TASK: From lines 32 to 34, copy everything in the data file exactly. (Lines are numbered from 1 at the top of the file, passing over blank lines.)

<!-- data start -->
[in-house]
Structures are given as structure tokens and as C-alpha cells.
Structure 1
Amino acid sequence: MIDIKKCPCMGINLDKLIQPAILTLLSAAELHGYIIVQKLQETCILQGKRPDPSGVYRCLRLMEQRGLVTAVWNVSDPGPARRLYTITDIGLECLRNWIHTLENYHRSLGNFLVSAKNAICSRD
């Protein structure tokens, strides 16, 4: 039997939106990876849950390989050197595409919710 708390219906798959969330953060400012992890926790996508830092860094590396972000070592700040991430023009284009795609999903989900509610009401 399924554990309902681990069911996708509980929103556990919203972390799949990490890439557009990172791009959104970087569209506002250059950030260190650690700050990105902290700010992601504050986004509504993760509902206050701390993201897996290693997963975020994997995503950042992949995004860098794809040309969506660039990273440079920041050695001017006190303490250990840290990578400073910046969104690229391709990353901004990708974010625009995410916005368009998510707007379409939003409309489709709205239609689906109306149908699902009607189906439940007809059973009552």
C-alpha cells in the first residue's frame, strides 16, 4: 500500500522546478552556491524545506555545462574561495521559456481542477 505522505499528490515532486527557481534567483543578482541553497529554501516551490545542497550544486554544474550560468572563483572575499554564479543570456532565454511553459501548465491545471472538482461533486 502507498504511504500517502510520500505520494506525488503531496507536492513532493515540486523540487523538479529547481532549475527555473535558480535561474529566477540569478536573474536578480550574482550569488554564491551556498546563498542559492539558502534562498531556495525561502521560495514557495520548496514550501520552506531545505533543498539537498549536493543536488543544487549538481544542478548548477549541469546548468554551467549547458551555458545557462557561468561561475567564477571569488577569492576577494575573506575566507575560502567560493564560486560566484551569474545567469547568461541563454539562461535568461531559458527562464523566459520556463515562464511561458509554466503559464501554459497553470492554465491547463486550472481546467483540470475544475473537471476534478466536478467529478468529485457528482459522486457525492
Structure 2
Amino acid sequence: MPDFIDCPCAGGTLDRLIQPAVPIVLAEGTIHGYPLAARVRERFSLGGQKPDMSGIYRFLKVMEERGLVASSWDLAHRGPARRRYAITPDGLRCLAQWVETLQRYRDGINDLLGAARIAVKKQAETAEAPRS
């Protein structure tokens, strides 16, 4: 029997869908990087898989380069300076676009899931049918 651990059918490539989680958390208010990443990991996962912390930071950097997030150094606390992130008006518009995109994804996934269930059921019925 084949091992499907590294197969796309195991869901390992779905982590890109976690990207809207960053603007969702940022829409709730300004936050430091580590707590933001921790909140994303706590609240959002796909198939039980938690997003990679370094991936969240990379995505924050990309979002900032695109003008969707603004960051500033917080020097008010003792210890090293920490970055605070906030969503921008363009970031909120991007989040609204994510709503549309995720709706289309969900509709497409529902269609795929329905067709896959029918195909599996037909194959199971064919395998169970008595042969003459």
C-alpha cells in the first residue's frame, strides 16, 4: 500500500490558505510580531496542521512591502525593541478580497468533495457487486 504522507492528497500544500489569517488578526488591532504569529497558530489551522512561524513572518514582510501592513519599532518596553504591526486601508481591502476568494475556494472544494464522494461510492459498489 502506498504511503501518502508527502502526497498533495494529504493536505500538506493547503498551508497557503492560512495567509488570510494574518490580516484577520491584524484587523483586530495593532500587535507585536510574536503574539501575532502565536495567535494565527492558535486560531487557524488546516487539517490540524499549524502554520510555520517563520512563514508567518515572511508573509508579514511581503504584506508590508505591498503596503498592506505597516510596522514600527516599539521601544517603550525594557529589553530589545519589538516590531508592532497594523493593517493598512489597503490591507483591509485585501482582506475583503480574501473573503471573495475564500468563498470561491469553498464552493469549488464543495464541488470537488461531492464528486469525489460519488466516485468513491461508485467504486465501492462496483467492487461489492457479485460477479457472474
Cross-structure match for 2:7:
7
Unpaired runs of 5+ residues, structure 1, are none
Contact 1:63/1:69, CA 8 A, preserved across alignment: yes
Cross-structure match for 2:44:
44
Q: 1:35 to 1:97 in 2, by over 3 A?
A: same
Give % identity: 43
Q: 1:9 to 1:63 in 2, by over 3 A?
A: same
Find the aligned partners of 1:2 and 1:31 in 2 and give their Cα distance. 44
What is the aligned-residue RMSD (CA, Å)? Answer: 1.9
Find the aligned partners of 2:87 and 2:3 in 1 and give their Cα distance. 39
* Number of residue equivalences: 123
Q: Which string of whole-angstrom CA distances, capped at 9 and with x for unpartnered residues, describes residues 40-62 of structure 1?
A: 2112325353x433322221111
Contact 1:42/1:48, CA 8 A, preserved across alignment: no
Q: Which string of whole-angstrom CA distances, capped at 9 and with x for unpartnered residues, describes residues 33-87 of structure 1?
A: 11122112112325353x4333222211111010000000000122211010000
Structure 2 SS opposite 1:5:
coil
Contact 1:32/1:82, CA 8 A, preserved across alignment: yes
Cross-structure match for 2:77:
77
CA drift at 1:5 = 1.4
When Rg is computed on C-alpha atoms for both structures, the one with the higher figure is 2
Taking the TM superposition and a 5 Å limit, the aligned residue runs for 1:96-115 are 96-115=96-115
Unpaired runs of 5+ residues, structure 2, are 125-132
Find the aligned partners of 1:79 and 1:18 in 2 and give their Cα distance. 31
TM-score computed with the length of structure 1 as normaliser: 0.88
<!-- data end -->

coil
Contact 1:32/1:82, CA 8 A, preserved across alignment: yes
Cross-structure match for 2:77: